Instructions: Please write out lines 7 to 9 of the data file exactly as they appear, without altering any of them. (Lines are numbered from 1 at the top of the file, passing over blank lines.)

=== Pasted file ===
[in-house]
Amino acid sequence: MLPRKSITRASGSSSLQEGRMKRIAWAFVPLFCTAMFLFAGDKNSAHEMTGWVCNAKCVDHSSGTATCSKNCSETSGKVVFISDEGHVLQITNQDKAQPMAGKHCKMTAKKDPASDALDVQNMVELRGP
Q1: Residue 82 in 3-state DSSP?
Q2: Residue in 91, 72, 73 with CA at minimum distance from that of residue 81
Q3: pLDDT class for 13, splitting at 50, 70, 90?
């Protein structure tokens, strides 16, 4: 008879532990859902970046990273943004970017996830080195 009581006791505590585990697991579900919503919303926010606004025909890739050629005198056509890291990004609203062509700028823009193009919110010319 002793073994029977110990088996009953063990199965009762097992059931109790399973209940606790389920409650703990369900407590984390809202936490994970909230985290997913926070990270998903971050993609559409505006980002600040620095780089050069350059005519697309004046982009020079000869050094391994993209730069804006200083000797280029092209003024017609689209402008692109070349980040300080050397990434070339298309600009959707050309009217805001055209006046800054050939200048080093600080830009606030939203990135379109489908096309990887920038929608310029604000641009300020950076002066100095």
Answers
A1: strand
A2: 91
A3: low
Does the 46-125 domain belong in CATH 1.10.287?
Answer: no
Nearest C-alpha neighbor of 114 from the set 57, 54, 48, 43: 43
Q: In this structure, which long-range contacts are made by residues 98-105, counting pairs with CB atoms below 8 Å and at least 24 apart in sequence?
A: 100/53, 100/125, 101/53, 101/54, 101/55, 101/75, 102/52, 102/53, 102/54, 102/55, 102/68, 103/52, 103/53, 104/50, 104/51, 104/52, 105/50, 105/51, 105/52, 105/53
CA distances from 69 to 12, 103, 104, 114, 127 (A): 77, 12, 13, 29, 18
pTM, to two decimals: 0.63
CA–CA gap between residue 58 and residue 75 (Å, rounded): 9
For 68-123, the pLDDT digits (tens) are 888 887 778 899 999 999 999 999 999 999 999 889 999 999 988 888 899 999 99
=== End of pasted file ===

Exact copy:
Answers
A1: strand
A2: 91